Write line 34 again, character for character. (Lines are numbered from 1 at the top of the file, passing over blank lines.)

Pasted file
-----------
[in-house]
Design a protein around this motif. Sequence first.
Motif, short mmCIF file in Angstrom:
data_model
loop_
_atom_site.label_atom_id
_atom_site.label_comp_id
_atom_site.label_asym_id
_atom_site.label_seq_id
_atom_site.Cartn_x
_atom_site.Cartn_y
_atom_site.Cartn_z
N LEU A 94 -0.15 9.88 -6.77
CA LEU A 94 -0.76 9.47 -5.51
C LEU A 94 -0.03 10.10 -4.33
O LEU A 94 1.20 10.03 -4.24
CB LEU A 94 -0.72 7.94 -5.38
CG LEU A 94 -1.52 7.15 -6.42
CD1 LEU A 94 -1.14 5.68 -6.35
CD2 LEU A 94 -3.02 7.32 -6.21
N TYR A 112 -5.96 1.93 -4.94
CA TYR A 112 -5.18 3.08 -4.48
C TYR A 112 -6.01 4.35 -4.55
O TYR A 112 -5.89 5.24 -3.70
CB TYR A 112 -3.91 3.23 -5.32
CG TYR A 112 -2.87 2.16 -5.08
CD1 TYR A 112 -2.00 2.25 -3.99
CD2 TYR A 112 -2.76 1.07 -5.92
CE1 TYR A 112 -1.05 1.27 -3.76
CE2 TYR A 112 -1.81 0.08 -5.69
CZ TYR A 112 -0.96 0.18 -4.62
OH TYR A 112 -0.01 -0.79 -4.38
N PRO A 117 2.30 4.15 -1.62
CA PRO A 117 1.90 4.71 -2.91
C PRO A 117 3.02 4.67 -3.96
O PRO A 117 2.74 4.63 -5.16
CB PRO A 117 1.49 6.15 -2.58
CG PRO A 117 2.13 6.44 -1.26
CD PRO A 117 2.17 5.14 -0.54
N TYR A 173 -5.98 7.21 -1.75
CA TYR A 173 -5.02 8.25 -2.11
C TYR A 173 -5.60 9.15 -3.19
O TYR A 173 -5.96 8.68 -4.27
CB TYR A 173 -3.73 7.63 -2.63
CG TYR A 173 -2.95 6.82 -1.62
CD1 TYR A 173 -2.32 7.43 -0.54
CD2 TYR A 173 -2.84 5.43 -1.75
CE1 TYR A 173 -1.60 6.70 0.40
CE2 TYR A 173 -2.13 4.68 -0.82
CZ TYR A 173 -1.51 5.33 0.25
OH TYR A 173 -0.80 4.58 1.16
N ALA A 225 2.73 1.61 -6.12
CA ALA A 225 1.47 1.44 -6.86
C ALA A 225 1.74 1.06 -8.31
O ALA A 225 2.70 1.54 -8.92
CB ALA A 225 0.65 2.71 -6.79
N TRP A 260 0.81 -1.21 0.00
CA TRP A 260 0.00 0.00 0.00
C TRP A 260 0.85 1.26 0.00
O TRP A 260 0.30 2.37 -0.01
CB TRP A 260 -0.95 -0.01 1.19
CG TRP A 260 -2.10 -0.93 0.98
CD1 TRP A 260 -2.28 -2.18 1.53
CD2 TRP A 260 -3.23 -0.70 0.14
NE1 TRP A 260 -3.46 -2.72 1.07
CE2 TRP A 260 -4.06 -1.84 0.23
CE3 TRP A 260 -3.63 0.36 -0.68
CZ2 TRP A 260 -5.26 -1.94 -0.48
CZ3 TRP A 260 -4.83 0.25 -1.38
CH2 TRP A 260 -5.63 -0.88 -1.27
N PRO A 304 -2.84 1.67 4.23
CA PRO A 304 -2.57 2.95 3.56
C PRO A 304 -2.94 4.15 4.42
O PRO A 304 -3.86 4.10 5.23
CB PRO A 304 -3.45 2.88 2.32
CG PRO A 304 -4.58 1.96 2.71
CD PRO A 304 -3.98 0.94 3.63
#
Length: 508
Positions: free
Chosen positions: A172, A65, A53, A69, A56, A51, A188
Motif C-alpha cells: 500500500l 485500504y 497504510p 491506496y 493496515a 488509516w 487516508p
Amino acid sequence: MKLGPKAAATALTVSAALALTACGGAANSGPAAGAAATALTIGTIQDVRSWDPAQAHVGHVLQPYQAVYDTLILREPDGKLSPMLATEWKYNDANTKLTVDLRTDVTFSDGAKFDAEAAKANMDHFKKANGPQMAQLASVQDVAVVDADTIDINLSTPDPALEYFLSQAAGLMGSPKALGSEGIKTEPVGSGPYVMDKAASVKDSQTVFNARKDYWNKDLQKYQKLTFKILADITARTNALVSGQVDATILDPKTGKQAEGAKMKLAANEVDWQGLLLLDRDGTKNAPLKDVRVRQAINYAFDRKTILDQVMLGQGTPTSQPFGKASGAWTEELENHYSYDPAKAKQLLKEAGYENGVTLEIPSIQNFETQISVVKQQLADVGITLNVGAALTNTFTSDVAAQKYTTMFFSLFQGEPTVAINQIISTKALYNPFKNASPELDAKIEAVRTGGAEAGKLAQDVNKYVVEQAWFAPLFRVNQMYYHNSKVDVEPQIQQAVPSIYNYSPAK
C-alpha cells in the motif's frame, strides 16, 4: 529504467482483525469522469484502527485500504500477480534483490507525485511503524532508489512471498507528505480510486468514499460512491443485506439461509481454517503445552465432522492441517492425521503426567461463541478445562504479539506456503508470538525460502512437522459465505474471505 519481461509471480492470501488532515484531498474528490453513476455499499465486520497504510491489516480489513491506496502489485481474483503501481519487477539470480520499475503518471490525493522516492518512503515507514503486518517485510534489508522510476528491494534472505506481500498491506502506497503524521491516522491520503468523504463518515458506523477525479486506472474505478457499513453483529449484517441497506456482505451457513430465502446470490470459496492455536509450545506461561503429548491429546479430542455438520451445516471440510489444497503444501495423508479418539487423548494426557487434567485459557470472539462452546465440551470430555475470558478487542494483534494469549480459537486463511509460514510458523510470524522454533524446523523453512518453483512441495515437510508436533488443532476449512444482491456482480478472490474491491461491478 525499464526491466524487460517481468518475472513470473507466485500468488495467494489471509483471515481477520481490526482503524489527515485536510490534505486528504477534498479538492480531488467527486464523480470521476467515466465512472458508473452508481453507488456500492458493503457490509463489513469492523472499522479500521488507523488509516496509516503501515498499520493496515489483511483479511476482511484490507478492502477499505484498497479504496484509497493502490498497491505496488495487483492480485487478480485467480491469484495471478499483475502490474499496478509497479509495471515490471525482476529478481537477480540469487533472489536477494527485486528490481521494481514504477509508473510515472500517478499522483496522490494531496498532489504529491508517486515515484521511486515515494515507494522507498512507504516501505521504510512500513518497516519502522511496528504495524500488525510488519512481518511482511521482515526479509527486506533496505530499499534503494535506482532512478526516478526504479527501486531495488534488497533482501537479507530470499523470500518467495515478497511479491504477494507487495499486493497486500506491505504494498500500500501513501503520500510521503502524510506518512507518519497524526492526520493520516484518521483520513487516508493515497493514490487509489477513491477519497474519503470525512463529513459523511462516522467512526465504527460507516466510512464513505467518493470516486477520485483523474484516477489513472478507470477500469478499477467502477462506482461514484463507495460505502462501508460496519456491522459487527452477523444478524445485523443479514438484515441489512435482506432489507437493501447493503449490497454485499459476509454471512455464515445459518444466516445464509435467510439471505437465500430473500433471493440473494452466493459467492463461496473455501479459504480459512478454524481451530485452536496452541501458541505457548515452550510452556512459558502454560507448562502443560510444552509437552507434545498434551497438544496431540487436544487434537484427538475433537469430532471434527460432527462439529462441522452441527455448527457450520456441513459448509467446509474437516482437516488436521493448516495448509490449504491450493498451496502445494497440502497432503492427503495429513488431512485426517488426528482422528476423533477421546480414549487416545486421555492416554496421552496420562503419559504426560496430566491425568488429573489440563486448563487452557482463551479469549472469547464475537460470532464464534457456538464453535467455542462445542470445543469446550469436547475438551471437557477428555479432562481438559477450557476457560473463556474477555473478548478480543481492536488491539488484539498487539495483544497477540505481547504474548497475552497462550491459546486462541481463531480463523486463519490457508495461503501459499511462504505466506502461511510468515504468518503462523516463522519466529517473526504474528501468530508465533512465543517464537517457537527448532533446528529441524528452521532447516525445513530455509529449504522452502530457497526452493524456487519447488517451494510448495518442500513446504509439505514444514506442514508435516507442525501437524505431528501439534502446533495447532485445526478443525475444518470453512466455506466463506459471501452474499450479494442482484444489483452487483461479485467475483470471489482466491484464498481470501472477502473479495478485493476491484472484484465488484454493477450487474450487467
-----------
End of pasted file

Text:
CA PRO A 117 1.90 4.71 -2.91